The Forth and Clyde Canal is one of Glasgow's greatest civil engineering marvels - a link to our industrial past.

It runs from Grangemouth on the Firth of Forth to Bowling on the Clyde and is part of a Scottish canal network enjoying a renaissance after years of neglect.

All along the route are points of interest - not least at the end of the branch linking Stockingfield Junction near Maryhill with Speirs Wharf at Port Dundas.

A quaint old-fashioned looking plaque at the end of the line states "Forth and Clyde Canal, Glasgow Branch. Canal Built 1788-1790. Stockinfield (sp) Junction 2 1/2 miles. Speirs Wharf Port Dundas".

Speirs Wharf is a really quiet hidden gem a stone's throw from the centre of the city.

The impressive buildings there used to house grain mills, warehouses and a sugar refinery. Now they are offices, flats and a restaurant.

Boats still line the canal banks here but not the industrial puffers of old of the 18th and 19th centuries.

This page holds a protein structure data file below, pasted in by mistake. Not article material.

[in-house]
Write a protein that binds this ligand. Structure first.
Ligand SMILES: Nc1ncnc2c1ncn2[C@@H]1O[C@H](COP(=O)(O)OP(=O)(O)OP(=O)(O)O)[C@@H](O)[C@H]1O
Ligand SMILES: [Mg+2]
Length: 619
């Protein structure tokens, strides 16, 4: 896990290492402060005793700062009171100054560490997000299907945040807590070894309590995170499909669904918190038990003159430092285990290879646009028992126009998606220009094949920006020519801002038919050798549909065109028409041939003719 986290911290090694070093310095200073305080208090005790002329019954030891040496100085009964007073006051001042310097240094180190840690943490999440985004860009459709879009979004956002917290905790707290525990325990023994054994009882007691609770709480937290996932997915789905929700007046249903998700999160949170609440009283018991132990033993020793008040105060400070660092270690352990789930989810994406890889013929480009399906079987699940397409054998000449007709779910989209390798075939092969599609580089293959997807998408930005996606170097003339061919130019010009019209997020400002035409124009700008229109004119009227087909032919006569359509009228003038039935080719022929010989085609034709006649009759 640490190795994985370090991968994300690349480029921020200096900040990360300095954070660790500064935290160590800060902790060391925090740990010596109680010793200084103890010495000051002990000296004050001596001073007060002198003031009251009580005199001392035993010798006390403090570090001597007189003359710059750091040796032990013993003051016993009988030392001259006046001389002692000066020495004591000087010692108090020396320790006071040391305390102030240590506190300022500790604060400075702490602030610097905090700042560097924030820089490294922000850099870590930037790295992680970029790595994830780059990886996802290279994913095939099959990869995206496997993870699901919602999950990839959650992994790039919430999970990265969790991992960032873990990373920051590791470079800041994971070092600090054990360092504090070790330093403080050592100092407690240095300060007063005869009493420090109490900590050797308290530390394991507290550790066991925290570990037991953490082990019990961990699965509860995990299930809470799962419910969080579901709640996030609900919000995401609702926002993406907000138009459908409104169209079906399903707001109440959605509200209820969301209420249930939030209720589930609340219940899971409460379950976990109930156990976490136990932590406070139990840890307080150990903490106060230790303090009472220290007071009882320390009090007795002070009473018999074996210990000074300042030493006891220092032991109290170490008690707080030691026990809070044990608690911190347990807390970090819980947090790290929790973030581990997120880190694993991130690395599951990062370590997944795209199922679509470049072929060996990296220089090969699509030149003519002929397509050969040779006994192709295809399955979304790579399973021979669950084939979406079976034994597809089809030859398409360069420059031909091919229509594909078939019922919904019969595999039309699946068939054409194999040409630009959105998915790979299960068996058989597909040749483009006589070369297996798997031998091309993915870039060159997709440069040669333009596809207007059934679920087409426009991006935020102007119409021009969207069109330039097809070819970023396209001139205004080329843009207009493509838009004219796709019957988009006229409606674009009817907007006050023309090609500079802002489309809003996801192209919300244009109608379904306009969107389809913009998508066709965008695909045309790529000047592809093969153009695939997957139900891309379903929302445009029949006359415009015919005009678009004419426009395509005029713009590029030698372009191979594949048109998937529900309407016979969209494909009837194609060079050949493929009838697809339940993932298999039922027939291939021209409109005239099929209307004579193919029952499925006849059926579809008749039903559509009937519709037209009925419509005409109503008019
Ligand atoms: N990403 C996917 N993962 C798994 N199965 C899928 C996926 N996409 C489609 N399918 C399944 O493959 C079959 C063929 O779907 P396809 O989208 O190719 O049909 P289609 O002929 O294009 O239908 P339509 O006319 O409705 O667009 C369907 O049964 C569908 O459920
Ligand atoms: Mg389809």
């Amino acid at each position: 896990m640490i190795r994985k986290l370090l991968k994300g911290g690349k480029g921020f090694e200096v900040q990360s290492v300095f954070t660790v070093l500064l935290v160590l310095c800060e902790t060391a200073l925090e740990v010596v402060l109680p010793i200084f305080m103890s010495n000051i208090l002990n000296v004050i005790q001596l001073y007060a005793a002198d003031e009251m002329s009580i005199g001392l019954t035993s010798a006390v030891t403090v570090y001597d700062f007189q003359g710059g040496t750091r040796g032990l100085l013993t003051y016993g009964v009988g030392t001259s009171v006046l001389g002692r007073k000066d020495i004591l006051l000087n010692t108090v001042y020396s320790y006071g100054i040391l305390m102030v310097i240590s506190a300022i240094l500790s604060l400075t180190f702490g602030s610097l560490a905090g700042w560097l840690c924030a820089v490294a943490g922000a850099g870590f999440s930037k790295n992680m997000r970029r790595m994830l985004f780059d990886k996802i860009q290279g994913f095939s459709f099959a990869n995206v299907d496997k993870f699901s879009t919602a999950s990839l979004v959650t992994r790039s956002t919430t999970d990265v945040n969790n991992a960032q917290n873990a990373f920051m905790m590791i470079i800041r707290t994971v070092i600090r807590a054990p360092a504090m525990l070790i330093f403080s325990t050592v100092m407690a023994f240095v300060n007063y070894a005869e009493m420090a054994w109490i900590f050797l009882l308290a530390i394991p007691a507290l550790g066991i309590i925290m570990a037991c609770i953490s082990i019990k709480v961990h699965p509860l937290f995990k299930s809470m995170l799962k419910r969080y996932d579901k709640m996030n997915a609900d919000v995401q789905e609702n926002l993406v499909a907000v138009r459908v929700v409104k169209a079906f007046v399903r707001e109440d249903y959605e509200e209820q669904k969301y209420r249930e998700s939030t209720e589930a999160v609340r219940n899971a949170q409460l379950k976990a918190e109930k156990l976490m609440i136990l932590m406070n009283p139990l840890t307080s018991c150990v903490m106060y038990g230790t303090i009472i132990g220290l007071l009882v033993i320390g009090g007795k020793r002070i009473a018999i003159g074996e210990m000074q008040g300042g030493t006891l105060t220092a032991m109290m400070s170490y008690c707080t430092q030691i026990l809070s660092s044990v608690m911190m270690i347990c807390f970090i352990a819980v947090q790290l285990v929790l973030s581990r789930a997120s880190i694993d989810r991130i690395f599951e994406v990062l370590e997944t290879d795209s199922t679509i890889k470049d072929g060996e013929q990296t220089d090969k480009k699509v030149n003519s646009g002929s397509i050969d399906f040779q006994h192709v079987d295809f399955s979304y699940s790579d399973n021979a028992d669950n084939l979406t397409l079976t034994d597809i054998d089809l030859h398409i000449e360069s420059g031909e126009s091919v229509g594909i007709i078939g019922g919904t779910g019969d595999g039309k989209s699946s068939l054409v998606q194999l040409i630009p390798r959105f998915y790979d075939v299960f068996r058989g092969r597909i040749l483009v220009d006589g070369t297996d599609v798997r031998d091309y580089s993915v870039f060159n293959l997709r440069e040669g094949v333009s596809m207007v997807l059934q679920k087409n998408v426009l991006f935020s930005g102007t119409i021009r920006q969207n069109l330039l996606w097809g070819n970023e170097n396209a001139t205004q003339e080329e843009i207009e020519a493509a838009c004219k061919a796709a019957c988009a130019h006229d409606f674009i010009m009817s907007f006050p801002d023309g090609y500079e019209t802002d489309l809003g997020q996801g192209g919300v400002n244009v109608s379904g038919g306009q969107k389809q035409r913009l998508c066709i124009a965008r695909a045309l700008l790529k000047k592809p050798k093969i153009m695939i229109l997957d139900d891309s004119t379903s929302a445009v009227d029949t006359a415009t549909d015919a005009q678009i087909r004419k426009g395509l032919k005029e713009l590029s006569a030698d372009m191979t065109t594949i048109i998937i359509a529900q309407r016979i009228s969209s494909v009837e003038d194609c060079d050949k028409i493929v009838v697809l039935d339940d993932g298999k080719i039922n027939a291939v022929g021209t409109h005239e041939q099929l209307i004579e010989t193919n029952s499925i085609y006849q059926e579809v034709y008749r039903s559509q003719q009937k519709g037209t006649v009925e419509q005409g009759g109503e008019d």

They have been replaced by houseboats and hire cruisers. Those who take the time to travel by boat here on a sunny day can enjoy a drink or a coffee on outdoor restaurant tables.

It's all a far cry from the days when the building at Speirs Wharf housed the offices of the Forth & Clyde Navigation Company, the City of Glasgow Grain Mills and stores built for John Currie & Co. in 1851.

Port Dundas even owes its name to the canal. Sir Lawrence Dundas was a Scottish businessman and Baronet and one of the major backers of the Forth and Clyde Canal project.

It was also the site where the Forth and Clyde Canal linked to the Monkland Canal, which brought coal from the minefields of Lanarkshire into the centre of Glasgow.

In the 20th century the Monkland Canal was built over and the entire network went into decline.

Its recent rejuvenation is part of a millennium project and has been a major success with thousands using the canals and the towpaths for leisure purposes.

But for one of the most spectacular sights the canal has to offer, take yourself up to Speirs Wharf and stand beside this plaque.

The view across the whole of Glasgow city centre and beyond is breathtaking.

It might be a bit of an uphill hike but it's well worth it. Sit down, enjoy a drink and enjoy the view.